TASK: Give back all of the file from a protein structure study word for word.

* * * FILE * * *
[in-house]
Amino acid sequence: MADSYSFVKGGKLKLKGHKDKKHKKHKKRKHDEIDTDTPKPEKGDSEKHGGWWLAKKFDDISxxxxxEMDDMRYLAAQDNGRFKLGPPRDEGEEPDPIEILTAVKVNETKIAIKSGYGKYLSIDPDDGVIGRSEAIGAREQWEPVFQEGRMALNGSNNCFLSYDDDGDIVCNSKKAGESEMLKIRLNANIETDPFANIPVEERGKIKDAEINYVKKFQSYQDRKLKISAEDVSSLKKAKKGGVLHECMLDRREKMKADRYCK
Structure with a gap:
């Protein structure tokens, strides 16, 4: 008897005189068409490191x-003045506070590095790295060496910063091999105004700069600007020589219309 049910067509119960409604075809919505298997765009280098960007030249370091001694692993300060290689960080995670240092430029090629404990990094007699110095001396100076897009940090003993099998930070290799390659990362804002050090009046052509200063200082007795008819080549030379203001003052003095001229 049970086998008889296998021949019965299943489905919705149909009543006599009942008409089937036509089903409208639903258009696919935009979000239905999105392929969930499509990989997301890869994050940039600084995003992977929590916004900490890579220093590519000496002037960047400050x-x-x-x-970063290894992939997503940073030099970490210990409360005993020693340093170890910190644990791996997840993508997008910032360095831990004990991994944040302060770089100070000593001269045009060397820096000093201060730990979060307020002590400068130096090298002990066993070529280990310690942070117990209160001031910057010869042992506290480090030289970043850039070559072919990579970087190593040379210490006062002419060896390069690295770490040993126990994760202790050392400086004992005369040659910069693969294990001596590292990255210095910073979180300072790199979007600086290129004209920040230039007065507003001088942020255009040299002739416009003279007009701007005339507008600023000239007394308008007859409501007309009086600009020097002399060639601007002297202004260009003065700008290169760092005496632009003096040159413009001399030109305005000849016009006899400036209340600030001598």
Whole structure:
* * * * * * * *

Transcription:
[in-house]
Amino acid sequence: MADSYSFVKGGKLKLKGHKDKKHKKHKKRKHDEIDTDTPKPEKGDSEKHGGWWLAKKFDDISxxxxxEMDDMRYLAAQDNGRFKLGPPRDEGEEPDPIEILTAVKVNETKIAIKSGYGKYLSIDPDDGVIGRSEAIGAREQWEPVFQEGRMALNGSNNCFLSYDDDGDIVCNSKKAGESEMLKIRLNANIETDPFANIPVEERGKIKDAEINYVKKFQSYQDRKLKISAEDVSSLKKAKKGGVLHECMLDRREKMKADRYCK
Structure with a gap:
């Protein structure tokens, strides 16, 4: 008897005189068409490191x-003045506070590095790295060496910063091999105004700069600007020589219309 049910067509119960409604075809919505298997765009280098960007030249370091001694692993300060290689960080995670240092430029090629404990990094007699110095001396100076897009940090003993099998930070290799390659990362804002050090009046052509200063200082007795008819080549030379203001003052003095001229 049970086998008889296998021949019965299943489905919705149909009543006599009942008409089937036509089903409208639903258009696919935009979000239905999105392929969930499509990989997301890869994050940039600084995003992977929590916004900490890579220093590519000496002037960047400050x-x-x-x-970063290894992939997503940073030099970490210990409360005993020693340093170890910190644990791996997840993508997008910032360095831990004990991994944040302060770089100070000593001269045009060397820096000093201060730990979060307020002590400068130096090298002990066993070529280990310690942070117990209160001031910057010869042992506290480090030289970043850039070559072919990579970087190593040379210490006062002419060896390069690295770490040993126990994760202790050392400086004992005369040659910069693969294990001596590292990255210095910073979180300072790199979007600086290129004209920040230039007065507003001088942020255009040299002739416009003279007009701007005339507008600023000239007394308008007859409501007309009086600009020097002399060639601007002297202004260009003065700008290169760092005496632009003096040159413009001399030109305005000849016009006899400036209340600030001598």
Whole structure: